The trip was planned around visiting gardens of all kinds, from the usual to the unique, like Edward James’ jungle garden, Las Pozas. It was an opportunity to see so many of the plants we grow indoors or as annuals in their natural habitat, or at least, in an environment where they can achieve their true potential. Wolfe also visited the mountain pine forest where monarchs over-winter!

Along the way, Wolfe ran into some problems related to his mode of transportation. But even one of these experiences contributed to his achieving a gardener’s dream, camping out for two days in a desert botanical garden. The other was a little less rewarding; in Belize, he didn’t completely manage to keep the dirty side down***. Wolfe flipped his bike twice and went off a bridge, leaving him badly bruised.

This kind of touring might not be for many of our members. But the freedom and opportunities provided by Wolfe’s very original garden odyssey make attending his presentation on it that much more enticing.

*Front door: motorcycle jargon for the first rider in a group ride.

**Hammer down: motorcycle jargon for accelerate quickly.

***Keep the dirty side down: a parting expression between bikers meaning ride safe.

Maria Nunes 


Janet Davis - Creative Design Ideas With Spring Bulbs

At our September 29, 2014 meeting, Janet Davis handed out a list of bulbs to go with her wonderful images of spring gardens. To download the list please click here


Image from www.thepaintboxgarden.comJanet Davis has visited many chateaux in France. But don’t ask her what opulence lies behind their stone walls. While her husband peruses the man-made interiors of such well-known favourites as Versailles, Davis is content to peruse the man-made gardens surrounding them. She documents her visits, peering through her camera lens to create photographic tableaux of plants, flowers, insects, or landscapes, alone or in combination, as graphic close-ups, stunning garden portraits, or scenic compositions. Such is the mark of the professional photographer she has become since beginning her award-winning garden-writing career over twenty-five years ago.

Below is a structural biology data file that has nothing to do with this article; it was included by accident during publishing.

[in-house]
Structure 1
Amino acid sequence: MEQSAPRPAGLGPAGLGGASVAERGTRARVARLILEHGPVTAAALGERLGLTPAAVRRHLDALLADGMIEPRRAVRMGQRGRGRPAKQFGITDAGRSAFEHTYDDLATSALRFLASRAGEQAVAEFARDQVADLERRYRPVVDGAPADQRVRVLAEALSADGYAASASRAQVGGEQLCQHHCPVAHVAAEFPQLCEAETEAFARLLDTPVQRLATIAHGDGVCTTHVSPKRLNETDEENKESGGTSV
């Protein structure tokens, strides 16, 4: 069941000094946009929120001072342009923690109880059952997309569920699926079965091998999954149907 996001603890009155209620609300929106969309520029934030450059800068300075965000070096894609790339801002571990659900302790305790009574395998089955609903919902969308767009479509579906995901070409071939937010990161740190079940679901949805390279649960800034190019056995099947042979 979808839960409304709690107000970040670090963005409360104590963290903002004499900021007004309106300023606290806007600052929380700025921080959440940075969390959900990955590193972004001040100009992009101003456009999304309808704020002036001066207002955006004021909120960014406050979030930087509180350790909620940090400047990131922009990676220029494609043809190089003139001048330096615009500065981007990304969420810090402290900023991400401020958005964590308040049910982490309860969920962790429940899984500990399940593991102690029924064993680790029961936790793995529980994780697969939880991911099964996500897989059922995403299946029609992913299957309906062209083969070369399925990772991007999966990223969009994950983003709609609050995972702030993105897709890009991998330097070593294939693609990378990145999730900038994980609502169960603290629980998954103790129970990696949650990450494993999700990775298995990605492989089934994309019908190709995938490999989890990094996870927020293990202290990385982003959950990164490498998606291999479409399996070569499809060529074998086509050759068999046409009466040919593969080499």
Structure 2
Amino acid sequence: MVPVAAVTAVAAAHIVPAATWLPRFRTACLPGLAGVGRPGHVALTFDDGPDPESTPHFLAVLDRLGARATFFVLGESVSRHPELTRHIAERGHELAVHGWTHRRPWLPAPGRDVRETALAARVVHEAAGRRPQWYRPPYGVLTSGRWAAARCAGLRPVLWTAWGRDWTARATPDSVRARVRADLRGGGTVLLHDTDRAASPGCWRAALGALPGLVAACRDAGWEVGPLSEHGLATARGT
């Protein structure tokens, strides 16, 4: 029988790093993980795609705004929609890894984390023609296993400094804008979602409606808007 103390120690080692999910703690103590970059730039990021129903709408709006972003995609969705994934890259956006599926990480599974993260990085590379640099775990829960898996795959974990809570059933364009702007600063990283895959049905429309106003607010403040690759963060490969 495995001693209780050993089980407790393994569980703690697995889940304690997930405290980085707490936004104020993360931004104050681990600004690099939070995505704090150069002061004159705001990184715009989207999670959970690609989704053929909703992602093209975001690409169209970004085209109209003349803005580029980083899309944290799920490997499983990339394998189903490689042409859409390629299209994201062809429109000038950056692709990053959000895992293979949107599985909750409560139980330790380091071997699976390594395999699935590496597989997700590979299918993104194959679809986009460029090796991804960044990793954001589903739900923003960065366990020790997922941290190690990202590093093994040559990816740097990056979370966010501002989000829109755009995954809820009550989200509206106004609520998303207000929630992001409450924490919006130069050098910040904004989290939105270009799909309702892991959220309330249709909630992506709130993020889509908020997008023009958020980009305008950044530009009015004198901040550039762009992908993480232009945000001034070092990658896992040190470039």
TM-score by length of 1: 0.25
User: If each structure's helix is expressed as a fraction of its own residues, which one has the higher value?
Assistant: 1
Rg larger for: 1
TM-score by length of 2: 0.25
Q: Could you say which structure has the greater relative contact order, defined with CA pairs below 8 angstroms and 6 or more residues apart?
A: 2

Davis comes by this interest in gardening honestly, through her mother and grandfather. As a girl, while her friends became teenyboppers, she dug kidney-shaped flowerbeds in the yard of the family’s home on the outskirts of Vancouver. Since those early days, wherever she has lived, she has gardened, even if space constraints have meant only a window box. Today she gardens at her mid-town Toronto home and her Muskoka cottage where she has been experimenting with goldenrod. You can read all about this misunderstood native in her colourful blog

As a writer she began submitting her own photographs with story proposals for newspapers and magazines in the mid ‘90s. It was not easy to compete with in-house photographers, but her persistence led to Davis deciding to focus on photography. She began amassing a library of stock photos that now numbers over 120,000! Her work has been published in Canada’s national newspapers, North American magazines, books, advertisements, and on packaging.

Her images are shot anywhere that plants grow, including anywhere she travels and there are gardens to be seen, whether man-made or nature’s own. She makes annual visits to botanical gardens, such as Montreal’s VanDusen and Vancouver’s UBC. This October she will be touring South Africa. In Toronto she has shot at Mount Pleasant Cemetery and especially at the Toronto Botanical Garden.

For this presentation, Davis will cull from her collection, photos of plants that grow from bulbs, just in time to whet our appetites for the fall planting season. Her particular interest in alliums and her long-standing championing of pollinators will likely come into play in her selection, as well. Don’t miss this opportunity to begin imagining next year’s garden.

Maria Nunes